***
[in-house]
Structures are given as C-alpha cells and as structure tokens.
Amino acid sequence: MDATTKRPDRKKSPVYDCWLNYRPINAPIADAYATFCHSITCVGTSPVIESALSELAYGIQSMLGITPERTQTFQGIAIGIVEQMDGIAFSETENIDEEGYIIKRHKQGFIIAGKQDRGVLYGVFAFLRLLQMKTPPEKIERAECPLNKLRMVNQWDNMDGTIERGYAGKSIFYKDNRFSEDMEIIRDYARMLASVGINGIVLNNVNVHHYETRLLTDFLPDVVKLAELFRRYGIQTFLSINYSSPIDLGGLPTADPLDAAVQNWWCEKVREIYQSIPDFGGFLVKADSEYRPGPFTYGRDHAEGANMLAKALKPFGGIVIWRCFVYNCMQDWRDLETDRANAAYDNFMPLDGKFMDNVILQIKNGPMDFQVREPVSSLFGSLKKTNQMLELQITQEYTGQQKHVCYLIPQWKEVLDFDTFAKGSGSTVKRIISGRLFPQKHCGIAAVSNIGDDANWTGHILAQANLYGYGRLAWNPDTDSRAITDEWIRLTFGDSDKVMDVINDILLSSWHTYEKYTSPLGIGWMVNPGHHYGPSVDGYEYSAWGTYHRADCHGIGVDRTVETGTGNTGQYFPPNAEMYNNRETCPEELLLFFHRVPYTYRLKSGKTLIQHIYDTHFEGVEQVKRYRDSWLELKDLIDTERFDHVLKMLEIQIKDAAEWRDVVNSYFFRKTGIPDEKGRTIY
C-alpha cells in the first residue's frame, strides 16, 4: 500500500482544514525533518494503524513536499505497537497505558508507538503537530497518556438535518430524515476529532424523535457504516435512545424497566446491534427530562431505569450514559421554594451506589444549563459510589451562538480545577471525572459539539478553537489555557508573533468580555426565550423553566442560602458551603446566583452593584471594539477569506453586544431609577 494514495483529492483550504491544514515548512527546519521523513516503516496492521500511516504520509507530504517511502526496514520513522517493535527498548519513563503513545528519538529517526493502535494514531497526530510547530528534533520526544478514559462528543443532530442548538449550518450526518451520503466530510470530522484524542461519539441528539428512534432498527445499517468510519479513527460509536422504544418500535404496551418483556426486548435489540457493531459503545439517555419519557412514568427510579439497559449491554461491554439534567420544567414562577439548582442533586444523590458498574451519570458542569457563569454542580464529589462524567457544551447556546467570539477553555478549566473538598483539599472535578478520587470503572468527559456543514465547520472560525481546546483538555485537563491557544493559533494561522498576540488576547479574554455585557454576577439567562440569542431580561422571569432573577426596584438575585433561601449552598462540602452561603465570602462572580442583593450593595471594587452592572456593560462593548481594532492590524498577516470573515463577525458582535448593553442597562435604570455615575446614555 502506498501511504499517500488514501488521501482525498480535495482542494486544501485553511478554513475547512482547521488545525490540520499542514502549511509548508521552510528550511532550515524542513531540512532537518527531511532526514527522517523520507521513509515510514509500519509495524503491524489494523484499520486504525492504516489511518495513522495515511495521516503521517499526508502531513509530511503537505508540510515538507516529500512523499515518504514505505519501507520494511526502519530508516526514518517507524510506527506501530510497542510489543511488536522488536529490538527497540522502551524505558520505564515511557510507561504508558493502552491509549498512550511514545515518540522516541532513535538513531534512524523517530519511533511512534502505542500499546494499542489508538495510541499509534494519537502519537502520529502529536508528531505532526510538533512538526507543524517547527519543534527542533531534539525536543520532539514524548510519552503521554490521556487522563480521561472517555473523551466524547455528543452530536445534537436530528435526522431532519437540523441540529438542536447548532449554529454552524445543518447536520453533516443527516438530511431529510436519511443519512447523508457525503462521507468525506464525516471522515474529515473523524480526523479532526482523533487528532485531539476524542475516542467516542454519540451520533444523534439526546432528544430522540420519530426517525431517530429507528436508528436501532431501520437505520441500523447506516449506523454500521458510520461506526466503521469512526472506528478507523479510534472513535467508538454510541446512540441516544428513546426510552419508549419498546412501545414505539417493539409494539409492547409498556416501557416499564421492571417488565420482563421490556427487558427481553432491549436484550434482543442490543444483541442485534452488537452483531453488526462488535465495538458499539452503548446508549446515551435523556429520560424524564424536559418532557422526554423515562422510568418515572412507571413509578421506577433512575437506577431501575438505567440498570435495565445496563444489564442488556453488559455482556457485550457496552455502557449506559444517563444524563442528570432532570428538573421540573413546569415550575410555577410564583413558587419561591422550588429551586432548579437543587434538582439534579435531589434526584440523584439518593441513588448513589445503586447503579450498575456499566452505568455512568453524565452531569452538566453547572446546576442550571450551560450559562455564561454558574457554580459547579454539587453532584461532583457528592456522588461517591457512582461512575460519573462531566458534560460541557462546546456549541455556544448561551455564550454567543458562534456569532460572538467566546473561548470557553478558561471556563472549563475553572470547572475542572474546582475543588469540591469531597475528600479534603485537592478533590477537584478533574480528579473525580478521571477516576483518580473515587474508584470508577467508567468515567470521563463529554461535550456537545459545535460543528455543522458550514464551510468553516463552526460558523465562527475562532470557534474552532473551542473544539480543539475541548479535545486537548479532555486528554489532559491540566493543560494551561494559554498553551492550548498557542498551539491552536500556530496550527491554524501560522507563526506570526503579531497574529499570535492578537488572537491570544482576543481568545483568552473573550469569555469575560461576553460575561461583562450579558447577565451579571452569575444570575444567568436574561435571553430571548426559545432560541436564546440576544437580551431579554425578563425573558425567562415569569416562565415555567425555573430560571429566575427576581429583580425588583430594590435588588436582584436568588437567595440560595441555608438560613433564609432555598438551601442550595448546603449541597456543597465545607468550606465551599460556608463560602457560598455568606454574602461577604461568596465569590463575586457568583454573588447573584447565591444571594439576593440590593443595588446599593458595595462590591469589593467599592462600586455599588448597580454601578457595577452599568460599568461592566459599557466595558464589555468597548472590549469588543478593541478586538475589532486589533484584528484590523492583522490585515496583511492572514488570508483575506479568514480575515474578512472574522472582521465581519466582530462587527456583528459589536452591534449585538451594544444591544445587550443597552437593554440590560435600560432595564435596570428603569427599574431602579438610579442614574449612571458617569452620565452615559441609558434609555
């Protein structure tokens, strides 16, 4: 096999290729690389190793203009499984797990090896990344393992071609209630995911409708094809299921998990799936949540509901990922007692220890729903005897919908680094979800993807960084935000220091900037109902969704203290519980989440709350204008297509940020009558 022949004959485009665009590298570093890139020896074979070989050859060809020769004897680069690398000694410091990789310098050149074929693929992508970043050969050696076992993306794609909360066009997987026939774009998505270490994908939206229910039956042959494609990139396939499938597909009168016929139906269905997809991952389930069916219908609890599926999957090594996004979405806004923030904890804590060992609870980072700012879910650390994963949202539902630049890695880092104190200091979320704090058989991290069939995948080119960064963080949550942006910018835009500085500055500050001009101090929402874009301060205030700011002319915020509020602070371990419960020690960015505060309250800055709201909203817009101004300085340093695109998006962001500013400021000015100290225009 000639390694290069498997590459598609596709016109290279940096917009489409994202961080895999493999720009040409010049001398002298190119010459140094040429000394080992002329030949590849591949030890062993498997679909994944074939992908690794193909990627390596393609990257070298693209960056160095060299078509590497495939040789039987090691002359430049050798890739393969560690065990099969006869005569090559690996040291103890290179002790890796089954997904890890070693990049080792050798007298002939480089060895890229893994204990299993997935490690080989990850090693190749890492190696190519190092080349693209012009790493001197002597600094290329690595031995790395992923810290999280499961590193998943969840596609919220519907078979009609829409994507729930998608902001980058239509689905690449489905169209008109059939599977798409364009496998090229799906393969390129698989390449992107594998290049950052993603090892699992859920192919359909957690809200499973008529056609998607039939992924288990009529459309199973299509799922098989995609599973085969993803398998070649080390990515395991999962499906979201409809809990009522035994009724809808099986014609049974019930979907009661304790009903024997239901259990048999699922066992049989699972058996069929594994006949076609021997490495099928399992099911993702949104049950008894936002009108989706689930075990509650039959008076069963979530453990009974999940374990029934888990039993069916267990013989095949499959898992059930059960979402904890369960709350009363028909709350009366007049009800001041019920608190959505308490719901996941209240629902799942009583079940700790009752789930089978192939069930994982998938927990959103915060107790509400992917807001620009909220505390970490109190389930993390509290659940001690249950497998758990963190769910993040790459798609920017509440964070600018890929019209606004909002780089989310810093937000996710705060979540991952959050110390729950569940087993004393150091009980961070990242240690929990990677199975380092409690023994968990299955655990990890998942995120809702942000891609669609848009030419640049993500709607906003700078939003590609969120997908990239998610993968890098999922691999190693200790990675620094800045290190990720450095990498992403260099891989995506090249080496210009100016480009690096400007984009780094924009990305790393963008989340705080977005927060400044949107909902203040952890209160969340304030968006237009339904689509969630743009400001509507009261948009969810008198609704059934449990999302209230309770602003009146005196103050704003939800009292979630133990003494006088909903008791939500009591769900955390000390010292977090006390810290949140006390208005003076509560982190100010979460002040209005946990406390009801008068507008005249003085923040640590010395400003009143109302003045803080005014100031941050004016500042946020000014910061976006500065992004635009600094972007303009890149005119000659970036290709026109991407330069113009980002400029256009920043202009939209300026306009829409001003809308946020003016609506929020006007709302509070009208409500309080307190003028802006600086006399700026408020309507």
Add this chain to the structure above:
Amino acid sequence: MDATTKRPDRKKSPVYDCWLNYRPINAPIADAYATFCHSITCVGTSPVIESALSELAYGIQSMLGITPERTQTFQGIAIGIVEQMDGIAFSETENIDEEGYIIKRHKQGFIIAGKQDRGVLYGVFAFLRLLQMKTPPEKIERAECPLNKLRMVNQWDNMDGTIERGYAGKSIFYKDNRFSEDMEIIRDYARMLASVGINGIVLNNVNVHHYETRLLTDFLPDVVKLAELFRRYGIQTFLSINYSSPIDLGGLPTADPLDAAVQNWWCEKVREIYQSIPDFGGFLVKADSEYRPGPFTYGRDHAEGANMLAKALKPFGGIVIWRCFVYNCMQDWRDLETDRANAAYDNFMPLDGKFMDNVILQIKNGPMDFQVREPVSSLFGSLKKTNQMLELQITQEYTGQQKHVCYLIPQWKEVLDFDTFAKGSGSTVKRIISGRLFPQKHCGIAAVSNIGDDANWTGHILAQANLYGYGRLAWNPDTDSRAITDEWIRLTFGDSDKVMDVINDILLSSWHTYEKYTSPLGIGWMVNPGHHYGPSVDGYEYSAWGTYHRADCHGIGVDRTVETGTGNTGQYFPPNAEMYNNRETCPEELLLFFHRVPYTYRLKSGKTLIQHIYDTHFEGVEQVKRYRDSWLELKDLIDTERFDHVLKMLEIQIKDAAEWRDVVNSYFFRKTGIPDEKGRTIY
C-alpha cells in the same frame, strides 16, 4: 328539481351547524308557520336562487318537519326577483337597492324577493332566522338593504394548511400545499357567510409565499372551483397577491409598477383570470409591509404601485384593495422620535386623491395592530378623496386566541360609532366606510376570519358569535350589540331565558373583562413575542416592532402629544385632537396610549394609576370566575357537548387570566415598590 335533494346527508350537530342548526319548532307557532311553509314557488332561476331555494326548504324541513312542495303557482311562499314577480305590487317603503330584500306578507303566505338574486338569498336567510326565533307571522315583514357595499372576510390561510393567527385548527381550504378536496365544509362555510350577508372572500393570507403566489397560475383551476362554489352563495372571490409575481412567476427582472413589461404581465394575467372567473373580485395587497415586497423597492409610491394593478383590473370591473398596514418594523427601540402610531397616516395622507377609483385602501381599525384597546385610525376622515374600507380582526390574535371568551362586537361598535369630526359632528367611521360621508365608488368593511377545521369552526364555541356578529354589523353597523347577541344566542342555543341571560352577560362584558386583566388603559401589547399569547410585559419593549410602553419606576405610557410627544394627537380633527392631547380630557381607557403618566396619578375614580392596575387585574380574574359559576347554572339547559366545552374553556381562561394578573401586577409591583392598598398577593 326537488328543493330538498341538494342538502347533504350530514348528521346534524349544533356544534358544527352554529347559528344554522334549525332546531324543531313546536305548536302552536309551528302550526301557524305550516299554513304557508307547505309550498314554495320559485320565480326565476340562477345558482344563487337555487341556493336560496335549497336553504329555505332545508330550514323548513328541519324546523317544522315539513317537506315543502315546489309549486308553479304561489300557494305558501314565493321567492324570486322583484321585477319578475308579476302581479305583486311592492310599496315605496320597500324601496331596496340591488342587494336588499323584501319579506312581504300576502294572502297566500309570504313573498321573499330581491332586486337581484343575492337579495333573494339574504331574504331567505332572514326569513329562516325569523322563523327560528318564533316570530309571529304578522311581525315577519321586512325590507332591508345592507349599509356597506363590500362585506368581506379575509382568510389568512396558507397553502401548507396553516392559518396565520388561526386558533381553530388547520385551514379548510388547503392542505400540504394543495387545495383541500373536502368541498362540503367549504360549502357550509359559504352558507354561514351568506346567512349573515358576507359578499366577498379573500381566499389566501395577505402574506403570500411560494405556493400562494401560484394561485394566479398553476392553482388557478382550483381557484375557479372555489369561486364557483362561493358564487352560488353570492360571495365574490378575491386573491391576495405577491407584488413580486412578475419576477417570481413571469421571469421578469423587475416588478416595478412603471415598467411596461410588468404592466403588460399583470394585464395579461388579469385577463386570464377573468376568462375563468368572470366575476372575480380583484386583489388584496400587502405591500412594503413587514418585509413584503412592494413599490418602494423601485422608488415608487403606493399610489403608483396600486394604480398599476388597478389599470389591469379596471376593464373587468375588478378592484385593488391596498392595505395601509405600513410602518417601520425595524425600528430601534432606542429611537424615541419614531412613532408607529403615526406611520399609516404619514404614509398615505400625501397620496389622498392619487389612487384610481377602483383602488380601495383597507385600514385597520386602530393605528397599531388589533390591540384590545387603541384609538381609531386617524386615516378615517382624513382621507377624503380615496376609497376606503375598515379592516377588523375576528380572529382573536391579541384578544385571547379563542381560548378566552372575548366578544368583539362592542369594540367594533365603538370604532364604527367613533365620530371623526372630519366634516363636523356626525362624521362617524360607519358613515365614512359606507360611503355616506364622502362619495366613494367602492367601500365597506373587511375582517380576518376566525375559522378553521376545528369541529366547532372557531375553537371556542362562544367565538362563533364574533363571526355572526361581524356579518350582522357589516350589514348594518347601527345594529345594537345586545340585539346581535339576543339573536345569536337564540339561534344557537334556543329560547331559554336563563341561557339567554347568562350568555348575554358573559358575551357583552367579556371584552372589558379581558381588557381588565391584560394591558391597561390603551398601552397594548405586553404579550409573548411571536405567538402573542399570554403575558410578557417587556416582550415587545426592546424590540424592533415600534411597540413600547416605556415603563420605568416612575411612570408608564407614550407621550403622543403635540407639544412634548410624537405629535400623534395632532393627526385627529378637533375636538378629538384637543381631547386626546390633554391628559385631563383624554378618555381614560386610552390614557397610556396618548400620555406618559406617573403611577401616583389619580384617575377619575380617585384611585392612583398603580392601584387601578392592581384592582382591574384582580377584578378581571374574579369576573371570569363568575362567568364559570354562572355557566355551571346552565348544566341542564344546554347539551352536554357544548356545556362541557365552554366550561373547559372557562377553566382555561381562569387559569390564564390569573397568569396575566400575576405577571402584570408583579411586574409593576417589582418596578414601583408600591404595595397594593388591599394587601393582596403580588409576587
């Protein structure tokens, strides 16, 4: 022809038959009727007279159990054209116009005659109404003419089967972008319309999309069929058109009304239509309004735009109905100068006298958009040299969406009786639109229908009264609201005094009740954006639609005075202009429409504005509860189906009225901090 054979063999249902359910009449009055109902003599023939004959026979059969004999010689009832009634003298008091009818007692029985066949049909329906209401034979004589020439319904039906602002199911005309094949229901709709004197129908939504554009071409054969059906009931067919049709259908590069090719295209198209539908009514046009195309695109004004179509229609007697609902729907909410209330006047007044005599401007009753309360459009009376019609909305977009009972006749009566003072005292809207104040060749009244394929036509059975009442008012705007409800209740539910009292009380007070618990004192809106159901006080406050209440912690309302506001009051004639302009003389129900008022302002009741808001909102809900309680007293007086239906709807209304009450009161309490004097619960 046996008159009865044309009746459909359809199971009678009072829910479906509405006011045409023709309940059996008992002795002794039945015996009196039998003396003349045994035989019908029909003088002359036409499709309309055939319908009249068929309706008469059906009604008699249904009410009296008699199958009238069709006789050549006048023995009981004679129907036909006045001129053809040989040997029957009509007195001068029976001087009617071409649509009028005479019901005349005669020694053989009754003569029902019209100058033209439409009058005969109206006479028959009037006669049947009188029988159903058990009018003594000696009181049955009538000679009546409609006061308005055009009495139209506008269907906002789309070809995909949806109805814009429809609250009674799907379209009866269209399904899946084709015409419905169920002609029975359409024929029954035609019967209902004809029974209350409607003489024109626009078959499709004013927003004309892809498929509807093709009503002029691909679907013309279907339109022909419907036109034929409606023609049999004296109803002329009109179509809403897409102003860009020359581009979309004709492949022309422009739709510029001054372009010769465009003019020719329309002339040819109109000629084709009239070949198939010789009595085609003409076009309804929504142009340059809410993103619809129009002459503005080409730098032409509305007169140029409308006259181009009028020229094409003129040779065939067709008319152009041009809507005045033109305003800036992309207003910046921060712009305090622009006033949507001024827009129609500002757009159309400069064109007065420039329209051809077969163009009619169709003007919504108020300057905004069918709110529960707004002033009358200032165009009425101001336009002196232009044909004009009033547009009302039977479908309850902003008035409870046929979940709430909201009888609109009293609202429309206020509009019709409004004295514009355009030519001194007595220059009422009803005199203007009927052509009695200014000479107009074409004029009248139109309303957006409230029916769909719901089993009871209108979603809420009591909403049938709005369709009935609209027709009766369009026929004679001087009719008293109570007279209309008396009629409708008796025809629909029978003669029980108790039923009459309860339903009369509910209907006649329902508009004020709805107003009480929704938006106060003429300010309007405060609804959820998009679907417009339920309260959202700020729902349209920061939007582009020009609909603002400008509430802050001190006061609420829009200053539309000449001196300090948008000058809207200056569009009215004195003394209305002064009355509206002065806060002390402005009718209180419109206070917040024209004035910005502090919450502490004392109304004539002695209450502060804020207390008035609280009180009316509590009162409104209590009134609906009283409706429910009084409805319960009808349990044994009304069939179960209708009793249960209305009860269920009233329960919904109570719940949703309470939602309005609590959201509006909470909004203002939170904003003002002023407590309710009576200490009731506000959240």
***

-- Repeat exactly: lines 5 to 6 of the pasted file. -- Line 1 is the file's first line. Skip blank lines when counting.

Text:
């Protein structure tokens, strides 16, 4: 096999290729690389190793203009499984797990090896990344393992071609209630995911409708094809299921998990799936949540509901990922007692220890729903005897919908680094979800993807960084935000220091900037109902969704203290519980989440709350204008297509940020009558 022949004959485009665009590298570093890139020896074979070989050859060809020769004897680069690398000694410091990789310098050149074929693929992508970043050969050696076992993306794609909360066009997987026939774009998505270490994908939206229910039956042959494609990139396939499938597909009168016929139906269905997809991952389930069916219908609890599926999957090594996004979405806004923030904890804590060992609870980072700012879910650390994963949202539902630049890695880092104190200091979320704090058989991290069939995948080119960064963080949550942006910018835009500085500055500050001009101090929402874009301060205030700011002319915020509020602070371990419960020690960015505060309250800055709201909203817009101004300085340093695109998006962001500013400021000015100290225009 000639390694290069498997590459598609596709016109290279940096917009489409994202961080895999493999720009040409010049001398002298190119010459140094040429000394080992002329030949590849591949030890062993498997679909994944074939992908690794193909990627390596393609990257070298693209960056160095060299078509590497495939040789039987090691002359430049050798890739393969560690065990099969006869005569090559690996040291103890290179002790890796089954997904890890070693990049080792050798007298002939480089060895890229893994204990299993997935490690080989990850090693190749890492190696190519190092080349693209012009790493001197002597600094290329690595031995790395992923810290999280499961590193998943969840596609919220519907078979009609829409994507729930998608902001980058239509689905690449489905169209008109059939599977798409364009496998090229799906393969390129698989390449992107594998290049950052993603090892699992859920192919359909957690809200499973008529056609998607039939992924288990009529459309199973299509799922098989995609599973085969993803398998070649080390990515395991999962499906979201409809809990009522035994009724809808099986014609049974019930979907009661304790009903024997239901259990048999699922066992049989699972058996069929594994006949076609021997490495099928399992099911993702949104049950008894936002009108989706689930075990509650039959008076069963979530453990009974999940374990029934888990039993069916267990013989095949499959898992059930059960979402904890369960709350009363028909709350009366007049009800001041019920608190959505308490719901996941209240629902799942009583079940700790009752789930089978192939069930994982998938927990959103915060107790509400992917807001620009909220505390970490109190389930993390509290659940001690249950497998758990963190769910993040790459798609920017509440964070600018890929019209606004909002780089989310810093937000996710705060979540991952959050110390729950569940087993004393150091009980961070990242240690929990990677199975380092409690023994968990299955655990990890998942995120809702942000891609669609848009030419640049993500709607906003700078939003590609969120997908990239998610993968890098999922691999190693200790990675620094800045290190990720450095990498992403260099891989995506090249080496210009100016480009690096400007984009780094924009990305790393963008989340705080977005927060400044949107909902203040952890209160969340304030968006237009339904689509969630743009400001509507009261948009969810008198609704059934449990999302209230309770602003009146005196103050704003939800009292979630133990003494006088909903008791939500009591769900955390000390010292977090006390810290949140006390208005003076509560982190100010979460002040209005946990406390009801008068507008005249003085923040640590010395400003009143109302003045803080005014100031941050004016500042946020000014910061976006500065992004635009600094972007303009890149005119000659970036290709026109991407330069113009980002400029256009920043202009939209300026306009829409001003809308946020003016609506929020006007709302509070009208409500309080307190003028802006600086006399700026408020309507």
Add this chain to the structure above: